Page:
We get it. 

We’re all asked to stay home for an unspecified period of time and we’re just bound to run out of things to do during our leisure time. So, what else is there to do to avoid wasting precious seconds of our lives? 

Take care of plants—precisely, indoor plants. 

For the past few months, various social media platforms have been flooded with pictures of homes filled with indoor plants. Apparently, this seems to be the newest—and healthiest—indoor hobby right now. 

And it’s not just for aesthetics! These plants have been found to lift up moods, improve mental health and immune system, improve air quality, and boost productivity. Sounds fascinating, right? 

All these benefits for just a small amount of your time; well, unless you start getting serious with this hobby. Don’t worry if your green thumb always seems to go brown. There are still plants that manage to stay alive even if you barely know what you’re doing. 

Here are 5 indoor plants you won’t kill as you try to figure out how to take care of them!

Pothos

Ah, yes, the crowd favorite—Pothos. This is also known as the “Devil’s Ivy”, as it can survive even the bleakest conditions. This is one of the top plants that would be pretty hard to kill, unless of course, you purposely kill it. 

This plant doesn’t mind the over- or under-watering from time to time. Moreover, sunshine isn’t really a strict requirement. So, for those of you who live in dark homes, this is truly the plant for you. 

This heart-shaped plant is a vine which can be grown on poles, trellises, or mantles. With specks of gold, cream or silver, this can be a classy addition to any home.

And oh—it’s also a natural air purifier. 

Snake Plant

Snake Plants, also called Mother-in-Law’s Tongue or St. George’s Sword, are proven to be the hardiest of plants to keep in your home. They are very forgiving to the forgetful gardener, and do not require much.

Displaying long, slender, sword like leaves, Snake Plants produce clean oxygen for your home by removing air toxins. They also do not require much light or water in order to thrive.  In fact, over-watering can easily kill a Snake plant – so you can just forget about it!

When you do water, use filtered water every 1-2 weeks – or when the top 2-3 in. of soil is dry. Reduce your watering during the winter months by letting the soil completely dry out. Providing well-draining, porous soil, can also help to minimize root rot – which can kill plants quickly.

Pink Chinese Evergreen

The Chinese Evergreen—scientific name, Aglaonema—is notable for thriving in environments where light doesn’t seem to come through naturally, or when your gardening style is: “wait until all the soil is like the Sahara Desert”.

If you manage to be diligent, it actually thrives better when it’s watered once the top 2 in. of soil is dry. Exhibiting vibrant pink and green foliage, the Pink Chinese Evergreen brings a pop of much needed color to darker spaces within your home.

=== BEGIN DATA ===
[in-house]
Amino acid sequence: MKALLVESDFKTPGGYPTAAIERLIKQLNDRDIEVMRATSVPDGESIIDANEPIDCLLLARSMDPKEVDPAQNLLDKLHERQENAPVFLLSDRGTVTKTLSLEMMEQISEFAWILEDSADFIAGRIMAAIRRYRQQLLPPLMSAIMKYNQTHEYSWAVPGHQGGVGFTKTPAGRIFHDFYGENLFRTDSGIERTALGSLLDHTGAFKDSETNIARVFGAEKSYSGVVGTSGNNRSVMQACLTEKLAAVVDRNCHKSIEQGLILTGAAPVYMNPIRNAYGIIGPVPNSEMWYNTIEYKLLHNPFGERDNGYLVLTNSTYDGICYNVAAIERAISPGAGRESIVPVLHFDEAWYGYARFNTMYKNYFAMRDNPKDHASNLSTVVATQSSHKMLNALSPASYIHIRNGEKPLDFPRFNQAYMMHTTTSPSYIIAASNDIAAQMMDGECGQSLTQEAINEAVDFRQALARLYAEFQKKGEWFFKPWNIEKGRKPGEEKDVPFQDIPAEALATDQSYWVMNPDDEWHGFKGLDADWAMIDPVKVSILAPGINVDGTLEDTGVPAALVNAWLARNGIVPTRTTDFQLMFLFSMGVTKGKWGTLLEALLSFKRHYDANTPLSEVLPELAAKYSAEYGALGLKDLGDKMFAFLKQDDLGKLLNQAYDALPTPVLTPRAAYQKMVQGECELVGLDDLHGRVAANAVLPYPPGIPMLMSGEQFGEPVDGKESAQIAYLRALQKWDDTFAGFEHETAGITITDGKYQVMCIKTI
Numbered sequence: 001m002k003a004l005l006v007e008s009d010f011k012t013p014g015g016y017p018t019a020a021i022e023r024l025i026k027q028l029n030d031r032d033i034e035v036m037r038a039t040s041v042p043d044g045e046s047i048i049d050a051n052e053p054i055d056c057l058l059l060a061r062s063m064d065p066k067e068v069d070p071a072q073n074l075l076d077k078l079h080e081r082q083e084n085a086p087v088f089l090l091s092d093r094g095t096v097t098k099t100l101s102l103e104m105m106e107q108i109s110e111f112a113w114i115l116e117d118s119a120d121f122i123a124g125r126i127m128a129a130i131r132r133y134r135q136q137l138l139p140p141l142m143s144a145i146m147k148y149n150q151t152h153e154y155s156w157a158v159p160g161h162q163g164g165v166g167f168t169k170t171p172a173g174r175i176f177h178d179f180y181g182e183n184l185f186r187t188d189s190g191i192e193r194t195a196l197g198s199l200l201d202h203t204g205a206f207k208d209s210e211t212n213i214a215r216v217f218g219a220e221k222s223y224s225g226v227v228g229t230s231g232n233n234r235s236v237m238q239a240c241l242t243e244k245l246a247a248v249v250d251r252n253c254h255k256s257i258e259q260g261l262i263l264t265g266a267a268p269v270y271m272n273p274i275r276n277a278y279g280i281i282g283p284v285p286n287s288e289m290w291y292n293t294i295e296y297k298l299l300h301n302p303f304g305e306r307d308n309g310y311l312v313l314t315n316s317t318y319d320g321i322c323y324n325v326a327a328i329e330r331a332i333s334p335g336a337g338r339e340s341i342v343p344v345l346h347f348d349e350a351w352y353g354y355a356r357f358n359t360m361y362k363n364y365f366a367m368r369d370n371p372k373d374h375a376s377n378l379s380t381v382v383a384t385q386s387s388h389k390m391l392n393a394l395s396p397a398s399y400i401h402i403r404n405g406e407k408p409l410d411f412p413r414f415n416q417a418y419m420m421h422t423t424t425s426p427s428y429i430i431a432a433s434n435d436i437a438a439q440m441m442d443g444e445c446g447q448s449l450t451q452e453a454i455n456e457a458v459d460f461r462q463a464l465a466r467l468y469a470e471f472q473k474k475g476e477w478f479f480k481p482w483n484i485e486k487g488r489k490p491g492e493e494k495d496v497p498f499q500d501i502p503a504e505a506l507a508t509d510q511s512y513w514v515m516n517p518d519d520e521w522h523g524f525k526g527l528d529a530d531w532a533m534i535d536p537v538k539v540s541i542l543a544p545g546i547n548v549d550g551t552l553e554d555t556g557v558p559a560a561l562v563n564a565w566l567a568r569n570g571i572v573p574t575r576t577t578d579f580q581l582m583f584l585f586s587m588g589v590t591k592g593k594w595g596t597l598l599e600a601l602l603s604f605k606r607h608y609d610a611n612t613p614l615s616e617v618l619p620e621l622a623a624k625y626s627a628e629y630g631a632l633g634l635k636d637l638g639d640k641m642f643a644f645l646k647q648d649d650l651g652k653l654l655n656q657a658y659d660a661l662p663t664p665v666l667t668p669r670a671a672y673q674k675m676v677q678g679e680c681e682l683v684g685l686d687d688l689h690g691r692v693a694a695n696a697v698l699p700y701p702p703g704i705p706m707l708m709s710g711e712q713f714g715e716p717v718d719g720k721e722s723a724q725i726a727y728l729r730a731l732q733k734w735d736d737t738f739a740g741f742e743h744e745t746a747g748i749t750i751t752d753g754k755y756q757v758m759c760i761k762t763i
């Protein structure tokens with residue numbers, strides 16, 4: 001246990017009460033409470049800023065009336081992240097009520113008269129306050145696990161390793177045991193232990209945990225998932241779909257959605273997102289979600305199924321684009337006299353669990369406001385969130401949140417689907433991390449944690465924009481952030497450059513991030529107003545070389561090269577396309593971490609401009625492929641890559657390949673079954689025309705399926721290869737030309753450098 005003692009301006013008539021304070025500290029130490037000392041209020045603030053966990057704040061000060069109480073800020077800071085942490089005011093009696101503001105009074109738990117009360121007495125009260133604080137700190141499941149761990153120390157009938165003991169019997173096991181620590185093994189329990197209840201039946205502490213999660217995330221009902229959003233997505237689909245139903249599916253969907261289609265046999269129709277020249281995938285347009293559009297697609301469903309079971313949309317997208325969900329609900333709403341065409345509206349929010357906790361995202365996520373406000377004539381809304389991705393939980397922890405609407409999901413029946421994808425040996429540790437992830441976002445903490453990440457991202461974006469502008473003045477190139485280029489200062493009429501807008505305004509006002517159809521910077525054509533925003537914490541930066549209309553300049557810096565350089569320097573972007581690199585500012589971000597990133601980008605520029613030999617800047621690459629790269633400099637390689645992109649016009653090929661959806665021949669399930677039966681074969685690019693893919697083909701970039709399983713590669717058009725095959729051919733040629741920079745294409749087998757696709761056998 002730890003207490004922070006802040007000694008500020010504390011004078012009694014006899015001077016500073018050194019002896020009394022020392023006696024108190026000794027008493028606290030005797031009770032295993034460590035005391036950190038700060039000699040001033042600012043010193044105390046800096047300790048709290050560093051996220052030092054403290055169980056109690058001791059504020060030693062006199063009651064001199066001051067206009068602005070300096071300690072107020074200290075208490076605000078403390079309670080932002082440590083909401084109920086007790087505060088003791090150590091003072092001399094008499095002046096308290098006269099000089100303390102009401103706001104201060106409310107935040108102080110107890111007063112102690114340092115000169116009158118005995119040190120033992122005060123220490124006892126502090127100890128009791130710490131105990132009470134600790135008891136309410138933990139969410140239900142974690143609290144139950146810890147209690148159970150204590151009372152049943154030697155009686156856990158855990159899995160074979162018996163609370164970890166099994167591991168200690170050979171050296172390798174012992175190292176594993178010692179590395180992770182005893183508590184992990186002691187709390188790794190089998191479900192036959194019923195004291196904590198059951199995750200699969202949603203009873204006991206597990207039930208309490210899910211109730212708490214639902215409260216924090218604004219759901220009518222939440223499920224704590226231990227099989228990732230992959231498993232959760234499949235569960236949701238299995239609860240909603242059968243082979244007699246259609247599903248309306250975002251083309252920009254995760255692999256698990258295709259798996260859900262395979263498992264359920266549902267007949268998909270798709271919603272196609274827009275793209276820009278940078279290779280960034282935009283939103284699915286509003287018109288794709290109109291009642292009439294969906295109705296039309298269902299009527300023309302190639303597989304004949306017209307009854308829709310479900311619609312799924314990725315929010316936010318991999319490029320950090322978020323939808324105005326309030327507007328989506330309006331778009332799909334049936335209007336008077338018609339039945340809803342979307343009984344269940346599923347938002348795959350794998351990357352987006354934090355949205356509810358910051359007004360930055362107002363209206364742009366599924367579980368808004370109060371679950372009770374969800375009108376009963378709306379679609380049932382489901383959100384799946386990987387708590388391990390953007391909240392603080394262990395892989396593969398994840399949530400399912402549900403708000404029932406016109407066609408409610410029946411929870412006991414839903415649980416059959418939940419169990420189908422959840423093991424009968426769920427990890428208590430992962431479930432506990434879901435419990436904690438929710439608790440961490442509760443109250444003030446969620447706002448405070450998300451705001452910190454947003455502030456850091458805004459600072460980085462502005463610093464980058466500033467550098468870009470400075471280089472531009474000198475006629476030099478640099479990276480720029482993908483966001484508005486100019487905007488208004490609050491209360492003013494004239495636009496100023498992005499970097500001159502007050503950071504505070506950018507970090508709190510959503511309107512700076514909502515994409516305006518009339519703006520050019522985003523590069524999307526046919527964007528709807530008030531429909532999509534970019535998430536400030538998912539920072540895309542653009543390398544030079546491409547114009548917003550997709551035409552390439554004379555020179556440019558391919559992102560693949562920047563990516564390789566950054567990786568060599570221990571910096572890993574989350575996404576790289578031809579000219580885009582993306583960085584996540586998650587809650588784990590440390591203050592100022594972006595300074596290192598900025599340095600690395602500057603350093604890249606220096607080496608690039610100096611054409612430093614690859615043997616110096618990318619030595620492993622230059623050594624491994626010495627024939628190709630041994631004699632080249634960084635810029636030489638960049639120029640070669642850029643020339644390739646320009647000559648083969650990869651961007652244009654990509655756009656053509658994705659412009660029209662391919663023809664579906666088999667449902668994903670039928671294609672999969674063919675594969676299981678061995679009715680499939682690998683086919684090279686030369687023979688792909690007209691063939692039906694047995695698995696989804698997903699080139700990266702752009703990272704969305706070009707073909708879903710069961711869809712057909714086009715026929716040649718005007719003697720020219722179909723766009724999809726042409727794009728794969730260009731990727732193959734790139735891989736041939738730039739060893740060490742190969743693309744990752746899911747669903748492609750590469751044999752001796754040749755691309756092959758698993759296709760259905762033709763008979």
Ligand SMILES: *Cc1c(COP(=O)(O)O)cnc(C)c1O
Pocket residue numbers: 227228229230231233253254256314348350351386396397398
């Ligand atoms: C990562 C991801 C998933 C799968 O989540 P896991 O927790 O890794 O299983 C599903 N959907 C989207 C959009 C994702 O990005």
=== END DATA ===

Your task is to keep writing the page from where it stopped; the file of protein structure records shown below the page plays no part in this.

This plant will also reproduce clone plants right within the soil! Within time, you will experience tiny pups shooting through the topsoil. These can be separated from the mother plant during re-potting season (Spring & Summer) and potted into their own homes.

What starts out as a small plant that can be easily placed on desktops, slowly grows into a huge plant that can serve as centerpiece in your living room.

Aloe Vera

The world-famous Aloe Vera, no doubt, deserves a spot in your home.

It’s a natural wonder, with so many uses for your body and your health. Not only that, it’s absolutely fuss-free to grow indoors - unless you accidentally knock it over...like I may have done to ours. She is resilient though!

Aloe Vera is actually a type of succulent. For these types of plants, provide bright, direct light when possible and minimal watering. They like their soil to completely dry out and require a well-draining soil with Perlite, orchid bark or sand mixed in.

As time goes on, you may experience a leaf break and that’s okay! This plant has powerful medicinal properties that can be utilized. Simply skin the leaf, leaving the inner-gel. Use a juicer to extract all usable gel for use in salves for sunburns or put directly into your smoothies.

Monstera

When you think of the quintessential leaf of the plant world, you are probably envisioning what a Monstera Deliciosa leaf looks like. Sporting large fenestrations (holes) on its leaves as it matures, Monsteras prove to be a very trendy plant that can elevate your living space.

This plant may look like a lot of work, but it really only has a few things that need to be cared for. Typically, Monsteras need to be watered once a week or when the top 2 in. of soil has dried out. Additionally, it will not appreciate having its roots sit in water. Be sure to discard any remaining water in your pot’s drainage tray after watering.

As your Monstera plant matures, it will require a climbing structure to support its heavy, vine-like growth pattern. Don’t let this scare you! We all need a little support sometimes. Simply fasten the stems back with twist-ties to a trellis (bamboo sticks or a moss-pole) to encourage healthy, big leaves. Speaking of leaves, ingesting any part of a Monstera leaf, which contains calcium oxalates, is toxic to humans & pets. Keep these fast-growing plants away from curious critters.

Providing indirect sunlight will help your Monstera plant THRIVE. They do not require full sun which is why they are such an easy plant to own. Too much direct sunlight, and her leaves may begin to yellow/brown.

Monsteras also serve as an air-purifier, drawing out toxins within the air - making it a very beautiful, yet useful plant to grow inside your home.